A similar occasion to the one described, but in a different place around
20-odd years earlier, in 1989 or '90.  (Same colour of sled though)

As I've no doubt ruefully reflected before in my melancholy musings, it sometimes seems like the 'spirit of youth', which once beat so strongly within me, slipped off somewhere to die when I wasn't looking, leaving me tired and empty, a mere husk of my former self.  All that remains is a dim and distant echo that yet reverberates in the vast caverns of memory, but even echoes eventually die.  The ghost of my childhood now resides in former homes, having fled this current one.  It deigns to visit me on occasion however, so I must be thankful for small mercies.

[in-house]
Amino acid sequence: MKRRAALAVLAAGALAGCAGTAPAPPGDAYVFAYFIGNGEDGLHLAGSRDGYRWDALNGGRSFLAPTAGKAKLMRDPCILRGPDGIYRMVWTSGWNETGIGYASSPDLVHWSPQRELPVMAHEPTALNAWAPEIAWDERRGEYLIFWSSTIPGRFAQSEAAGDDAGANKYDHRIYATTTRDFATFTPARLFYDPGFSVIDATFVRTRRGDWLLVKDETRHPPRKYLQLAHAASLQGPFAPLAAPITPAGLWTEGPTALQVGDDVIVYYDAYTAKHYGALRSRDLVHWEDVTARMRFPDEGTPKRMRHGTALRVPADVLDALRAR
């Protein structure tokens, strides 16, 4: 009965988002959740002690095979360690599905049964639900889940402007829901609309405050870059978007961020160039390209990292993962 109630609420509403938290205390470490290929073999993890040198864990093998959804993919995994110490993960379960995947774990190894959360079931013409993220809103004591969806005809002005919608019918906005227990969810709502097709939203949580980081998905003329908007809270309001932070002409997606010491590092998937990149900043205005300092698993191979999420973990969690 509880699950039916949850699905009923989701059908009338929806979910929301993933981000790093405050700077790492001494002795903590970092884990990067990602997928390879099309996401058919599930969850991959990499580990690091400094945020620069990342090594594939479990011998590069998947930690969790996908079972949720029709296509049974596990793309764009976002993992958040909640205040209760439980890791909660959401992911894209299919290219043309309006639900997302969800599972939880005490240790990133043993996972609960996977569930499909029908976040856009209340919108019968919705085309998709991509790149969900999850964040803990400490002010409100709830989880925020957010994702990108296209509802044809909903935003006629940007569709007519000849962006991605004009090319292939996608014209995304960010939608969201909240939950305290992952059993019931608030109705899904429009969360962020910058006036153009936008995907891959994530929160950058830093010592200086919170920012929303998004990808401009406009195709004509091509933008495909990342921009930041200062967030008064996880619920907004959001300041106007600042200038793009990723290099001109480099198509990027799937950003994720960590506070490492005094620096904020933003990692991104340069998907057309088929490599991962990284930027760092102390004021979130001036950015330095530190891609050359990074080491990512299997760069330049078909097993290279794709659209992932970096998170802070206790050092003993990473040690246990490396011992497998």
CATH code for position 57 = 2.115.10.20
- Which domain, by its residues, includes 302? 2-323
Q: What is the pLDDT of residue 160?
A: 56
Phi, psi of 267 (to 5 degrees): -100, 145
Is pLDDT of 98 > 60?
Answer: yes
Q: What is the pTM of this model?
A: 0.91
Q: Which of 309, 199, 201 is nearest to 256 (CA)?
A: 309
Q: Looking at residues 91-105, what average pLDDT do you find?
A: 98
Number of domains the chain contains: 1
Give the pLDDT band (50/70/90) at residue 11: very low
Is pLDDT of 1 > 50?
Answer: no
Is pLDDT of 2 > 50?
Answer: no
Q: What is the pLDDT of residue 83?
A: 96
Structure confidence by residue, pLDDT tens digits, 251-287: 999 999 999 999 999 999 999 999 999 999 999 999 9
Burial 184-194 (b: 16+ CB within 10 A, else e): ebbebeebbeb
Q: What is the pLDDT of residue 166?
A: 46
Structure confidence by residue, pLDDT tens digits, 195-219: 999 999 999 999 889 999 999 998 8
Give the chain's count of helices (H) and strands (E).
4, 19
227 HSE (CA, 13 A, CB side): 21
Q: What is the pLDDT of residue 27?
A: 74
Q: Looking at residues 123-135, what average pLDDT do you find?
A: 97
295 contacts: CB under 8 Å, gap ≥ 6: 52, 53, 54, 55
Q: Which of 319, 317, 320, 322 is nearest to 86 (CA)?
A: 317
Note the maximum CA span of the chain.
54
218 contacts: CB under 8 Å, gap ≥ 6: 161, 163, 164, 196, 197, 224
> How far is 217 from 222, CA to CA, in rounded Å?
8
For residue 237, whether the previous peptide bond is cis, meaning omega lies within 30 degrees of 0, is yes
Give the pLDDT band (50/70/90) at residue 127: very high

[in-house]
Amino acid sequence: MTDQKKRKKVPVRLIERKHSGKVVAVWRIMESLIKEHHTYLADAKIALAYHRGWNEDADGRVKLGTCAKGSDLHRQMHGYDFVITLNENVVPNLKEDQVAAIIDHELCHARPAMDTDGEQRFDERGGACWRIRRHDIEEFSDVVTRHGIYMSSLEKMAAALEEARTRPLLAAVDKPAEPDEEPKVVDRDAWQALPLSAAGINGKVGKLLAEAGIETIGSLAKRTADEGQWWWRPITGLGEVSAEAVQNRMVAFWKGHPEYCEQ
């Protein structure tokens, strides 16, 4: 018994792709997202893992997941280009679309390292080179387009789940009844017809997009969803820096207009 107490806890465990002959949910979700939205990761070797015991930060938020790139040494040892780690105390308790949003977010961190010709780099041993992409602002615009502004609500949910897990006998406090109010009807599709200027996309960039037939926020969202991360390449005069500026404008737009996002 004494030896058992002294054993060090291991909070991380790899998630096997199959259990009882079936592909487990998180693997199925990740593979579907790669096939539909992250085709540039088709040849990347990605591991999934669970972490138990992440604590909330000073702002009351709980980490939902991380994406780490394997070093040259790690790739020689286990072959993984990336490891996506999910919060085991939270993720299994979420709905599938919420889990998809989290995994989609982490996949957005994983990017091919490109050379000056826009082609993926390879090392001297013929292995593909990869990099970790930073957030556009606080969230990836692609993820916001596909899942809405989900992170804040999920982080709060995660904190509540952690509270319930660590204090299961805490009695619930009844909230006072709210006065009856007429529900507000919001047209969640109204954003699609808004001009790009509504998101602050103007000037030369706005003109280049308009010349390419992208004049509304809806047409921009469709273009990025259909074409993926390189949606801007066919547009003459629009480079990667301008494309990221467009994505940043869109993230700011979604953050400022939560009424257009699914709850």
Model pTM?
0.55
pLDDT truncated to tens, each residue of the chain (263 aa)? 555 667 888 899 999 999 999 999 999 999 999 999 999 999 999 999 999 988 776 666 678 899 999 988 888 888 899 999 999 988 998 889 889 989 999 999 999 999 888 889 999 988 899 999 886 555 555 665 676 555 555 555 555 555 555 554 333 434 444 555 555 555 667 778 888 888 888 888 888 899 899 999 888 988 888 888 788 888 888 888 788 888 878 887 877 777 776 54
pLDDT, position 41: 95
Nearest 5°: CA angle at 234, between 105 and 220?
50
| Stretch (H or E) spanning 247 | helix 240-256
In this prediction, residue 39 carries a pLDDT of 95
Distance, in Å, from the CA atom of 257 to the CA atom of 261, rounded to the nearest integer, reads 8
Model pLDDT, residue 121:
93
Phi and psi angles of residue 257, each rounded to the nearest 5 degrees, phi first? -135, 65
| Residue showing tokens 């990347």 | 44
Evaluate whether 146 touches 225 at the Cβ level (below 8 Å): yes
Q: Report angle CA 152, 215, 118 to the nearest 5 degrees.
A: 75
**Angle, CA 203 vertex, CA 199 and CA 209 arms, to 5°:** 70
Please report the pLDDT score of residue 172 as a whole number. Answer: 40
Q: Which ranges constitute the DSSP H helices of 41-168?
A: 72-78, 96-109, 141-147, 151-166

Usually, surrounding oneself with familiar objects from the past helps perpetuate the notion that it's not so very far away after all;  that, in fact, there is no past, present or future - only one big 'now'.  However, the mind is a fickle mistress, and sometimes delights in torturing us with a 'reality' far different to the one we'd prefer.  On that mournful note, I'd be interested in reading the opinions and perceptions of my fellow Criv-ites.  Is the past, to you, not only a foreign country, but also a forgotten one?  Or, like me, do you constantly endeavour to keep it in view, reluctant, like MOLE in Kenneth Grahame's The WIND In The WILLOWS, to completely abandon the old life for the new?